December 6, 2023

Healey-Driscoll Administration Announces $1.82 Million to Support Life Science Workforce Training Partnerships

Massachusetts Life Sciences Center’s Pathmaker program, an initiative under MassTalent, provides funding to build and scale career pathways that effectively prepare Massachusetts residents for high-demand career opportunities in the life sciences

QUINCY—Today the Healey-Driscoll Administration announced $1.82 million to support life science workforce training partnerships across Massachusetts. The funding is made possible through the Massachusetts Life Sciences Center’s (MLSC) Pathmaker program, launched as a key component of the Healey-Driscoll Administration’s MassTalent initiative, to support organizations that can build and scale career pathways that effectively prepare Massachusetts residents for high-demand career opportunities in the life sciences. In total, 170 training opportunities will be created through four training partnerships receiving Pathmaker funds.

“The Healey-Driscoll Administration’s focus remains on lengthening Massachusetts’ leadership as the best place in the world to grow a business,” said Secretary of Economic Development Yvonne Hao, who serves as the co-chair of the MLSC Board of Directors. “We will continue to be the epicenter of R&D and innovation, but the next chapter of the life sciences in Massachusetts must also be about ensuring a quantity and quality of talent for companies to launch, scale, and become world leaders.”

“Massachusetts has all the essential pieces to have a robust workforce pipeline to support companies and create opportunities for residents across the Commonwealth,” said Administration & Finance Secretary Matthew Gorzkowicz, who serves as co-chair of the MLSC Board of Directors. “The Healey-Driscoll Administration is committed to the making the strategic investments that will position Massachusetts to meet the workforce needs of key industries such as the life sciences.”

The announcement of the inaugural Pathmaker awards was made during a celebration at Quincy College. The college is receiving a $750,000 award to support an eight-week training program to benefit 75 trainees in biomanufacturing and medtech/advanced manufacturing. Pathmaker awards for JVS Boston ($680,000), MassBioEd ($240,000), and MassMEP ($150,000), were also announced at today’s event.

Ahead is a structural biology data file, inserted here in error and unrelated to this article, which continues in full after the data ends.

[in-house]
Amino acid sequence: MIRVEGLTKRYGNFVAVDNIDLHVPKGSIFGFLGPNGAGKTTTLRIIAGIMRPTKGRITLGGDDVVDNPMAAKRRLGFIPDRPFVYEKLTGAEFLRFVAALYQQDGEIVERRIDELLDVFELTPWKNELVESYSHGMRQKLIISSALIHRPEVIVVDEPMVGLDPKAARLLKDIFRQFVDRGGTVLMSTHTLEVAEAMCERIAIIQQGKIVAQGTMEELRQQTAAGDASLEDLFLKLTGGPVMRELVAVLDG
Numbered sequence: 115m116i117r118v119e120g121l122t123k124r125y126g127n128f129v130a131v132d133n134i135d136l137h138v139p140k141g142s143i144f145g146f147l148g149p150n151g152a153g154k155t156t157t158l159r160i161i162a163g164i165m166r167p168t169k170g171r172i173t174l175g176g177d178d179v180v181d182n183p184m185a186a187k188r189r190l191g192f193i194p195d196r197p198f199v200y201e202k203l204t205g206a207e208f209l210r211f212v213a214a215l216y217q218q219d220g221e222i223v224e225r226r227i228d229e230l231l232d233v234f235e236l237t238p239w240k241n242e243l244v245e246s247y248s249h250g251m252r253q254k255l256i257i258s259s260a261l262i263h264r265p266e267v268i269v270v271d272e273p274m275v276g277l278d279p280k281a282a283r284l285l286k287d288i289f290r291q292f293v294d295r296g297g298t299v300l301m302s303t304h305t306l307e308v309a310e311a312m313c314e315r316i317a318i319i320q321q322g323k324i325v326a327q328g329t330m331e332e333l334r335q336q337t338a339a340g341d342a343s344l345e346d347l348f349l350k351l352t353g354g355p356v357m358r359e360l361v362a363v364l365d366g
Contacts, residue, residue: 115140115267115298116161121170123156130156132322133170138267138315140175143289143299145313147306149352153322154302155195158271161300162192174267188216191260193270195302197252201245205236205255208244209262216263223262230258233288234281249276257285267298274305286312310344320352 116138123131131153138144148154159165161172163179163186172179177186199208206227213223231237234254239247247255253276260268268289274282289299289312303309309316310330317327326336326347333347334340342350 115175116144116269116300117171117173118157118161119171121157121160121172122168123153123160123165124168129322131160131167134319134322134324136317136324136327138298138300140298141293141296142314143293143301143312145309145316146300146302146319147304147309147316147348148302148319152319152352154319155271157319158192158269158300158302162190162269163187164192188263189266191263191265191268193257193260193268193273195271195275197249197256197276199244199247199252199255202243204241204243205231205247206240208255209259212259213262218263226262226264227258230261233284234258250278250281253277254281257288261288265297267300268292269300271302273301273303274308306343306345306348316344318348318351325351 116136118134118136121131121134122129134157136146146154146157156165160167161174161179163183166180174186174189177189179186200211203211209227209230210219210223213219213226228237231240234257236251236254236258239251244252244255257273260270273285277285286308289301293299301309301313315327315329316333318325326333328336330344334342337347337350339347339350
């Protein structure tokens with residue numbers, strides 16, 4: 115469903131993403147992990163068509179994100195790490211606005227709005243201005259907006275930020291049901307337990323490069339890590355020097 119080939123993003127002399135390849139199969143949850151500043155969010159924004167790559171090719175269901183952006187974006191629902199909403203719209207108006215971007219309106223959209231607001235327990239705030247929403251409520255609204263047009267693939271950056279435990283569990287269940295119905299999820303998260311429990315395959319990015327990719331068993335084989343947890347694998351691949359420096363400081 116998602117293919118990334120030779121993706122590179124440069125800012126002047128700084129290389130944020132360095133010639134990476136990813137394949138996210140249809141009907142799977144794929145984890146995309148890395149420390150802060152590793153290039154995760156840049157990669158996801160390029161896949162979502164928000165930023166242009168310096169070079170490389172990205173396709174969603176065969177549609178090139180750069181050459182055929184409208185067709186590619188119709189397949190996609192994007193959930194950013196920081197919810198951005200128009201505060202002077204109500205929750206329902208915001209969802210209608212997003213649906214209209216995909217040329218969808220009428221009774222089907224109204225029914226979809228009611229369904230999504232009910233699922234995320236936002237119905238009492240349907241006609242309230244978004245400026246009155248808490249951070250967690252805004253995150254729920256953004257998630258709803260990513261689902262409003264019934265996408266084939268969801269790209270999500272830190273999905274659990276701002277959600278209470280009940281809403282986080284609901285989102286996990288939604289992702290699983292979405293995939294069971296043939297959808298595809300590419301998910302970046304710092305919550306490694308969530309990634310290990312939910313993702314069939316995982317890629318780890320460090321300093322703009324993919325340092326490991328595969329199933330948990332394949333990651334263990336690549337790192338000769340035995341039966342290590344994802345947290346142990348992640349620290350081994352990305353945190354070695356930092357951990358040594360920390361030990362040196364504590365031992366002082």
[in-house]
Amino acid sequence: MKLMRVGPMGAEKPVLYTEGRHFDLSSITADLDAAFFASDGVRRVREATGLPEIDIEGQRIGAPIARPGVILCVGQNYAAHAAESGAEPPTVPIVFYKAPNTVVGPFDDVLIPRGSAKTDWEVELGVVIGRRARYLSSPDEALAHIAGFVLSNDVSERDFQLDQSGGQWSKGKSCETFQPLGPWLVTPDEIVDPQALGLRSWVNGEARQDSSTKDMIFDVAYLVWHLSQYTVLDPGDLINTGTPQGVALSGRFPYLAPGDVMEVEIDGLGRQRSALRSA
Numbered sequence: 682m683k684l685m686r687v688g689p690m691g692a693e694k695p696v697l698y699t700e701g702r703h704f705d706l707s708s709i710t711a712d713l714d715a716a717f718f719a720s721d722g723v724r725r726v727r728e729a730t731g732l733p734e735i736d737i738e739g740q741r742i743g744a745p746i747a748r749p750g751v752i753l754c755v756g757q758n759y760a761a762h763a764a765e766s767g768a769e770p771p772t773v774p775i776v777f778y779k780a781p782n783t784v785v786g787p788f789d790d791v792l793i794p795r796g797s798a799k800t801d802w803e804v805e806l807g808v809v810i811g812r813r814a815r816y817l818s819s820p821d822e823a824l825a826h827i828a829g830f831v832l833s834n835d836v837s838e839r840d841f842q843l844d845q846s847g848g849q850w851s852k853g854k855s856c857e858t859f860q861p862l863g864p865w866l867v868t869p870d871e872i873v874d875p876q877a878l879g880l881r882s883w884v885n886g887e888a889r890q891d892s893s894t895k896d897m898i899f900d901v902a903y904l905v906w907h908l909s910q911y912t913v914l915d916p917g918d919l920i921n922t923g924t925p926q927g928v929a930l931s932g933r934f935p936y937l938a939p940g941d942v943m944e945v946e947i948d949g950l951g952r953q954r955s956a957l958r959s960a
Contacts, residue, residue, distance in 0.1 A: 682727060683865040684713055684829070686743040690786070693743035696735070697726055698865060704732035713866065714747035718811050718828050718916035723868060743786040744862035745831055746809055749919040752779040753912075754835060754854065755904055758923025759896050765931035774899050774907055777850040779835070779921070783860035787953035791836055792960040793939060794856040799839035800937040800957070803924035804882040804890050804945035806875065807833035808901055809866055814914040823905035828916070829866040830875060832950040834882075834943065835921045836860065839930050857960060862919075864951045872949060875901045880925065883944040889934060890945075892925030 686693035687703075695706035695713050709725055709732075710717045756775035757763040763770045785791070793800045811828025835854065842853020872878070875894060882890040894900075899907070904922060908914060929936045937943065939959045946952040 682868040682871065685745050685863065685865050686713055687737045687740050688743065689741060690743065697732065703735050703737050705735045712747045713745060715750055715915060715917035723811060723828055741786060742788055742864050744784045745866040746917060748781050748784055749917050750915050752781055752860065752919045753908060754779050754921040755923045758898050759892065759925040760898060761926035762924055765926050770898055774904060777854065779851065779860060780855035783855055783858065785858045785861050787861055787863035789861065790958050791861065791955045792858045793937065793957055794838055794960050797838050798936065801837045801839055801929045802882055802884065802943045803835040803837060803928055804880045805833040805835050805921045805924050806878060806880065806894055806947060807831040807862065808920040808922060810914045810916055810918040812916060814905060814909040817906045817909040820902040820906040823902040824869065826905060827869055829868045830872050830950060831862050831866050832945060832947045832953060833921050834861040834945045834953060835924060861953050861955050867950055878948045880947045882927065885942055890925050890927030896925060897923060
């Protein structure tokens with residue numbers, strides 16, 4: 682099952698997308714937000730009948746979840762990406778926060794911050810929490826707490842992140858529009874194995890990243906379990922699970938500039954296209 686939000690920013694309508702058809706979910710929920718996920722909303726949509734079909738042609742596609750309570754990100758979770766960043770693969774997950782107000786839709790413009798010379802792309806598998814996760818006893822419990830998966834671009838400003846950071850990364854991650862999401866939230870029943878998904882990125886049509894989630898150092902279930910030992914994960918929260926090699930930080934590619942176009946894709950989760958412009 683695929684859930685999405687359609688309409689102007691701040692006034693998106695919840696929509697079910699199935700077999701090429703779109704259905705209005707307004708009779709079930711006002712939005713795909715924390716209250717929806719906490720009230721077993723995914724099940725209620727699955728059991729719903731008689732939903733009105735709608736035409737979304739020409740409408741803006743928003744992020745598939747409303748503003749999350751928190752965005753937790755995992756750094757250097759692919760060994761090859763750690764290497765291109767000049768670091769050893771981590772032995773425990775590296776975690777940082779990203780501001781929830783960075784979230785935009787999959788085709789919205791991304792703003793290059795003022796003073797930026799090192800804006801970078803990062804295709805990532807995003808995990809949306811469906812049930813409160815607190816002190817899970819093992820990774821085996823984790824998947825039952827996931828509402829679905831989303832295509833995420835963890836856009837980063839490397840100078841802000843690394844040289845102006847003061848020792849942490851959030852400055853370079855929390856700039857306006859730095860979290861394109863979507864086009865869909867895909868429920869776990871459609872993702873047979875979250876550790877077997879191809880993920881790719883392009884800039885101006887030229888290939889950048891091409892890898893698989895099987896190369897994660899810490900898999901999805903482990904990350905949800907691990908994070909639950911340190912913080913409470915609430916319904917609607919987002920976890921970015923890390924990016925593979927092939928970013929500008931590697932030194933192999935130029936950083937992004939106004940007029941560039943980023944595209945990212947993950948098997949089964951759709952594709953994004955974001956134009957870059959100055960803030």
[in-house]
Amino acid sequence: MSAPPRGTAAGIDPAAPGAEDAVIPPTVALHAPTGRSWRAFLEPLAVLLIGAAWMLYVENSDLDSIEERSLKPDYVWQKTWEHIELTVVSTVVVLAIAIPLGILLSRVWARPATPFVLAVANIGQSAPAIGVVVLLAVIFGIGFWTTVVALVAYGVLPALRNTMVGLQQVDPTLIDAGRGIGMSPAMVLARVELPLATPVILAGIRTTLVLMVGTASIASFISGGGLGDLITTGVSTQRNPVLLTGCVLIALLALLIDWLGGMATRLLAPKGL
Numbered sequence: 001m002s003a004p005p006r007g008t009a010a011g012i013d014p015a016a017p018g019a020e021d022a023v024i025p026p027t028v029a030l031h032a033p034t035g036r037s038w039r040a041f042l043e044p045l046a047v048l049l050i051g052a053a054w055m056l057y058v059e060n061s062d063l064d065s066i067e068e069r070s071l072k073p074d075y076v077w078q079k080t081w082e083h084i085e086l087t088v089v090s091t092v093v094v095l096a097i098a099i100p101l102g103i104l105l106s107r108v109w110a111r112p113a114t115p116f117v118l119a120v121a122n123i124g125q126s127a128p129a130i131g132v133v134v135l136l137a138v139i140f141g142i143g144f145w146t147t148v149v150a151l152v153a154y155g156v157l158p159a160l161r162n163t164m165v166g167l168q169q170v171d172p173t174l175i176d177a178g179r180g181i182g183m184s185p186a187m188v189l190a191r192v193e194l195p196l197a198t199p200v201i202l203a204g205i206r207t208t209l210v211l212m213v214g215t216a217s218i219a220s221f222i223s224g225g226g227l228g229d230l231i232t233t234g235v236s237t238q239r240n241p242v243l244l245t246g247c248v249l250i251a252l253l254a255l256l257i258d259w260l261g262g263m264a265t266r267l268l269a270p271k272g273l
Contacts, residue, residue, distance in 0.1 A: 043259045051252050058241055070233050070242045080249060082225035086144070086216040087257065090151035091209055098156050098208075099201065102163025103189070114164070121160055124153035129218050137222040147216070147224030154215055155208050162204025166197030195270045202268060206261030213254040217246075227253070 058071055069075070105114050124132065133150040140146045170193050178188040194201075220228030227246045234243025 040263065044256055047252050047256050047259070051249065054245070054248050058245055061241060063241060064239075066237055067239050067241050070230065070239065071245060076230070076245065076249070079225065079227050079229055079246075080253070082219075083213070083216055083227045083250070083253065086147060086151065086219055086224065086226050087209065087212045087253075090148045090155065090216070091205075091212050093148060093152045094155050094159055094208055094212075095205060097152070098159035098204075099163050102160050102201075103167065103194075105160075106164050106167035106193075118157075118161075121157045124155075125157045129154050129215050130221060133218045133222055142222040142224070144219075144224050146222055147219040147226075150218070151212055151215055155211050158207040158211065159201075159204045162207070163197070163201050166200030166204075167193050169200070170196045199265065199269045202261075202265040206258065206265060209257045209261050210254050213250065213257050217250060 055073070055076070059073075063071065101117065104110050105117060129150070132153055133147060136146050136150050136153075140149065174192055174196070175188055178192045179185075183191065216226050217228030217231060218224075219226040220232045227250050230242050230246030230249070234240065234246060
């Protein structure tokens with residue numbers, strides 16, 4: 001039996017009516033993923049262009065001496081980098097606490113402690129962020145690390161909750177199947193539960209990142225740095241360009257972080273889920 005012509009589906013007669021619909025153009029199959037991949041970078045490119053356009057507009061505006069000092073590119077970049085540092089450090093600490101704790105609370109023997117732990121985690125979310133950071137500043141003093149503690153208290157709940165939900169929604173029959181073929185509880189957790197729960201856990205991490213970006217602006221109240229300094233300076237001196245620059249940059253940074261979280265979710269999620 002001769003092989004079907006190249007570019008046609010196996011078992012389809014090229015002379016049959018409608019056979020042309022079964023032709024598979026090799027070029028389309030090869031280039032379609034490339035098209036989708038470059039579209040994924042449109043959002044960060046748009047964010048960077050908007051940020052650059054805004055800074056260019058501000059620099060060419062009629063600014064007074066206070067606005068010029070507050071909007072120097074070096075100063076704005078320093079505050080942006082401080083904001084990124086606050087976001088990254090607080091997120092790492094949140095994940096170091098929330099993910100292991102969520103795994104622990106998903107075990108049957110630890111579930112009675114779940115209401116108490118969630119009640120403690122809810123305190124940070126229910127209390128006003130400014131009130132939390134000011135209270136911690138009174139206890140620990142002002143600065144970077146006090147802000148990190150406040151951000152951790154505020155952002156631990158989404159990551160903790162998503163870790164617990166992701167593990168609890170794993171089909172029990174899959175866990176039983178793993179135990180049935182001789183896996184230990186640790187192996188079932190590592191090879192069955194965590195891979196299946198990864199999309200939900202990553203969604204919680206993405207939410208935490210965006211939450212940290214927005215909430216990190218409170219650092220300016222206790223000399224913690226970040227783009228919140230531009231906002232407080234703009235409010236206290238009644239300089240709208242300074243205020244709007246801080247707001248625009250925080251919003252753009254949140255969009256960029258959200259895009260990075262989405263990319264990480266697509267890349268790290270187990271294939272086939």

“Bolstering workforce development has long been a priority of the House, particularly in critical industries of the future like the life sciences. That’s why I’m incredibly proud to see the state funding that was appropriated for this initiative being put to work, especially in my home city of Quincy,” said House Speaker Ronald J. Mariano (D-Quincy). “I want to thank my colleagues in the House and our partners in the Senate for working to provide funding to support the Pathmaker program, as well as the Healey-Driscoll Administration and the Massachusetts Life Sciences Center for implementing this vital program.”

“We should not settle for just creating jobs, but should ensure the jobs we create are sustainable for workers. By bringing together government, education, and private industry, we are doing exactly that, said Senator John F. Keenan (D-Quincy). “Thank you to everyone involved in creating these exciting opportunities for the students of Quincy College, which does so much to train the educated workforce Massachusetts needs to continue to thrive.”

“I’m delighted that Quincy College will be the recipient of Mass Life Sciences Center’s Pathmaker award and will receive money to implement a training program to prepare students for careers in the life sciences,” said Representative Tackey Chan (D-Quincy). “This program will provide a direct pipeline into well-paying jobs at Takeda and Sanofi, setting Quincy students up for successful futures here in Massachusetts.”